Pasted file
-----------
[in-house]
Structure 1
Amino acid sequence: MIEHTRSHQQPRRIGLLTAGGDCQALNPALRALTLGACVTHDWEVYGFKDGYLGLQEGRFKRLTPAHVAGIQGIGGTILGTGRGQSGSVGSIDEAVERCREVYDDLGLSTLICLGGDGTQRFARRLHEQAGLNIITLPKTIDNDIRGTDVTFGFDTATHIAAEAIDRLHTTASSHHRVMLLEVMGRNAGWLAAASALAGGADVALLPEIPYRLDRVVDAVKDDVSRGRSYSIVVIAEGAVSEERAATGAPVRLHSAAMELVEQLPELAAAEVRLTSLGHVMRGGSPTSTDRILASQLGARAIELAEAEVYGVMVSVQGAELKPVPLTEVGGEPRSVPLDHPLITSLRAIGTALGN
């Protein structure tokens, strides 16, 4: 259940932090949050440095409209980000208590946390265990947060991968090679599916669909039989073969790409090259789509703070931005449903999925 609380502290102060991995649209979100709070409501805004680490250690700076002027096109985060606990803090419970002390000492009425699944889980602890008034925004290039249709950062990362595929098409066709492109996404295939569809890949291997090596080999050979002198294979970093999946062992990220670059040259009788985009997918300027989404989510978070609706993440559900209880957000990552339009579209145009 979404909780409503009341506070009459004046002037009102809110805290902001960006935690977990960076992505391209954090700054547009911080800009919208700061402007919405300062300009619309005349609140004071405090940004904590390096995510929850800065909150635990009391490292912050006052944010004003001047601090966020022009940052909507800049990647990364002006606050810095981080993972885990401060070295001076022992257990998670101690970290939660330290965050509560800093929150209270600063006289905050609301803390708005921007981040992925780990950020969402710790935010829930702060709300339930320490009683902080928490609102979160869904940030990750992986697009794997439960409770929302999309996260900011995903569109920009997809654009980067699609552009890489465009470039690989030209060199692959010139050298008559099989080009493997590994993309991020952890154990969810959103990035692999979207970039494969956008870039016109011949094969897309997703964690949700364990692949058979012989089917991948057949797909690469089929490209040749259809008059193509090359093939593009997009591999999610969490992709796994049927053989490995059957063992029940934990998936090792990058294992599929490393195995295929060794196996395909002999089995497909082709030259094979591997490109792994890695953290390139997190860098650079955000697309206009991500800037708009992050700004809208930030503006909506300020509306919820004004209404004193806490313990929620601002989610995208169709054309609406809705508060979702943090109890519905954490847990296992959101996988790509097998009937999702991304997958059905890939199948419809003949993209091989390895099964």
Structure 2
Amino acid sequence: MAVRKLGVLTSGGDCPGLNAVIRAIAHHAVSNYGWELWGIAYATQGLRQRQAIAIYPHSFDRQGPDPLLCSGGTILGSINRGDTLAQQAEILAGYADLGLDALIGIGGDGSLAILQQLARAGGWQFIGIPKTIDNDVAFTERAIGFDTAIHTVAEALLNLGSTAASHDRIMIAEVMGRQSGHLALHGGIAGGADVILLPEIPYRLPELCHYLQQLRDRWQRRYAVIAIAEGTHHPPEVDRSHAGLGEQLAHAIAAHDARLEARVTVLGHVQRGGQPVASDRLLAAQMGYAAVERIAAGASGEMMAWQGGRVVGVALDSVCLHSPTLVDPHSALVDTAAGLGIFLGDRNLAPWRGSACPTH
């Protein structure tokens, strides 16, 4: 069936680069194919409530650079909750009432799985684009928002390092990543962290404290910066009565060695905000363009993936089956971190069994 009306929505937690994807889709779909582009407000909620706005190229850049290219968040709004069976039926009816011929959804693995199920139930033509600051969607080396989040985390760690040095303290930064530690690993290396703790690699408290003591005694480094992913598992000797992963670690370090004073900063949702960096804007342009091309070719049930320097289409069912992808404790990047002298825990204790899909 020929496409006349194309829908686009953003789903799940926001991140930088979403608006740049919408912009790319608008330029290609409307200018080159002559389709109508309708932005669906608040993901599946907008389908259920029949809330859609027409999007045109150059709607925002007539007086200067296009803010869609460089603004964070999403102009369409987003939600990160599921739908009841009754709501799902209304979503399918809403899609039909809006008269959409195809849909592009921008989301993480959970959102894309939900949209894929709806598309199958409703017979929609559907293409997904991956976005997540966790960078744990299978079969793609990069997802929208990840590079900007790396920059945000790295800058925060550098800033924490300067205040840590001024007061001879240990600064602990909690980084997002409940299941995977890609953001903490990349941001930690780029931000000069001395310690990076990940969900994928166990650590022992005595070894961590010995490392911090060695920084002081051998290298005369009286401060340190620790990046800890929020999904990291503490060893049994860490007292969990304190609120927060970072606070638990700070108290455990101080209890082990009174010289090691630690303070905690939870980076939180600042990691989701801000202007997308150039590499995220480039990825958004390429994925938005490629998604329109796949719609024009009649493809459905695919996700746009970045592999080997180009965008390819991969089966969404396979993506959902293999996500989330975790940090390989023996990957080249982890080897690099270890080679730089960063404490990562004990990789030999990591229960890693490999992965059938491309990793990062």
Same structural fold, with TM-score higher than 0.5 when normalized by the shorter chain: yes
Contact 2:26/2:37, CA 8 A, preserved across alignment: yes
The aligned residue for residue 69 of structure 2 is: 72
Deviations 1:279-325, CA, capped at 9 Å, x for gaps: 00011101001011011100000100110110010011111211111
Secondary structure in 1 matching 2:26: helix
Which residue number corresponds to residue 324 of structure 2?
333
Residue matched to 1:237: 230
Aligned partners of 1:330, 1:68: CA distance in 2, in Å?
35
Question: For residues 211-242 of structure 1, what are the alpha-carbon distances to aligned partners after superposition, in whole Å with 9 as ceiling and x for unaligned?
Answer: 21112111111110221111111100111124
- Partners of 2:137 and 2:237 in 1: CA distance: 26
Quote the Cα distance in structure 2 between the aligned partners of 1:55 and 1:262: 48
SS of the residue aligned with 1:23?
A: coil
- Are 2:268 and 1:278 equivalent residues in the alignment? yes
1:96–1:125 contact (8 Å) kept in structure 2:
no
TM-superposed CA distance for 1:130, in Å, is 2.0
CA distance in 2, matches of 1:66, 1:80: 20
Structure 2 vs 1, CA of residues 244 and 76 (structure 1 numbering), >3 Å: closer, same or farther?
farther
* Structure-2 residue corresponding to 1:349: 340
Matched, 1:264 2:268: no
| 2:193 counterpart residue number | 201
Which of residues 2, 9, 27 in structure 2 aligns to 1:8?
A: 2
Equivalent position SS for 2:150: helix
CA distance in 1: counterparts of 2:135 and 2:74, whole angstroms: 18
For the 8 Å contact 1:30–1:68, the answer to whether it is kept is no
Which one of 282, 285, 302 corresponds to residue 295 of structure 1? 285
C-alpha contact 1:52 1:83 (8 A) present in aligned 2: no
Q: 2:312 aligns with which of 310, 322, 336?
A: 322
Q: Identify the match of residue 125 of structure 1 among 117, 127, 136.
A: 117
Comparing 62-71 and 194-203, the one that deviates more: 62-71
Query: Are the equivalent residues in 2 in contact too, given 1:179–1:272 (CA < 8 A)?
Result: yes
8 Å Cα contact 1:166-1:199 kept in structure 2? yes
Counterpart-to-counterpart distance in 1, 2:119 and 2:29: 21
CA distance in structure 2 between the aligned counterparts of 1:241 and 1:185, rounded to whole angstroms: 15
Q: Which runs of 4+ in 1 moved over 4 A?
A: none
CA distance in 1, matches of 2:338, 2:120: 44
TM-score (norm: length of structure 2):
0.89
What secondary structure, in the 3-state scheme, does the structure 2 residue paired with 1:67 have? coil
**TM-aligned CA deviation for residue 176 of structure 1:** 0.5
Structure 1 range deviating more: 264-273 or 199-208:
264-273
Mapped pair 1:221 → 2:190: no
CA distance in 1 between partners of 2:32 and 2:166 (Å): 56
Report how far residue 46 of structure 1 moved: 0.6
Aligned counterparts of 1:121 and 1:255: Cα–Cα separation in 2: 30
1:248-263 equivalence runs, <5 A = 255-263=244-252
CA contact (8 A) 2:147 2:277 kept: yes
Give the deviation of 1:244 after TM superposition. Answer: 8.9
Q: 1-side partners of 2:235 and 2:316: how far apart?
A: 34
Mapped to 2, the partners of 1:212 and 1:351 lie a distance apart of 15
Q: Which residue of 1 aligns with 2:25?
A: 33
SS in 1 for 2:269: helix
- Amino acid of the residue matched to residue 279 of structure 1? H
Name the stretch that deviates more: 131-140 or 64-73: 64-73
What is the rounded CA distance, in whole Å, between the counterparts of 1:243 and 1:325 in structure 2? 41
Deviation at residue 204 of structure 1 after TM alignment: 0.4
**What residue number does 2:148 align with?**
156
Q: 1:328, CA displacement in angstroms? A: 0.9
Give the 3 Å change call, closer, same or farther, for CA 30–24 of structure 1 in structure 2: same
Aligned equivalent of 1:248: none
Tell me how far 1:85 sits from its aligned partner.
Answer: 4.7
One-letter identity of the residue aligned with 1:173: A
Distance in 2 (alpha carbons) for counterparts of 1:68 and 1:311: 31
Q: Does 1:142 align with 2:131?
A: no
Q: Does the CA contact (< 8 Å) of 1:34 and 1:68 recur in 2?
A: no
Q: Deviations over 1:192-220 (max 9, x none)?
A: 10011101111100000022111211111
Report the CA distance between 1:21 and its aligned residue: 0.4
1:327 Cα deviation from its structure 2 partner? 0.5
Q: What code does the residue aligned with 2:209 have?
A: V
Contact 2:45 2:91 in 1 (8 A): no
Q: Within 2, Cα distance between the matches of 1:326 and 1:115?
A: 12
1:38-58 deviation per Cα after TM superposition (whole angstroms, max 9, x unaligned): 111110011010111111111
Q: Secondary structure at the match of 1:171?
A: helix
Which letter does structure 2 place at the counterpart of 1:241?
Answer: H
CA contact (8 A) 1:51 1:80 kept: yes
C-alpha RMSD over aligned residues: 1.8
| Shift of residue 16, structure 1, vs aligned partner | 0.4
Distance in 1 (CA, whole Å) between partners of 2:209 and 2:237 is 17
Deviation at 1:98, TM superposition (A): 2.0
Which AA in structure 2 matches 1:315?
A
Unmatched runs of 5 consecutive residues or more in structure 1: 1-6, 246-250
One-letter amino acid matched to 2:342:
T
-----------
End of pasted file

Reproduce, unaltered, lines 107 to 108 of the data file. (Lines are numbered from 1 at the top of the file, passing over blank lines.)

Distance in 1 (CA, whole Å) between partners of 2:209 and 2:237 is 17
Deviation at 1:98, TM superposition (A): 2.0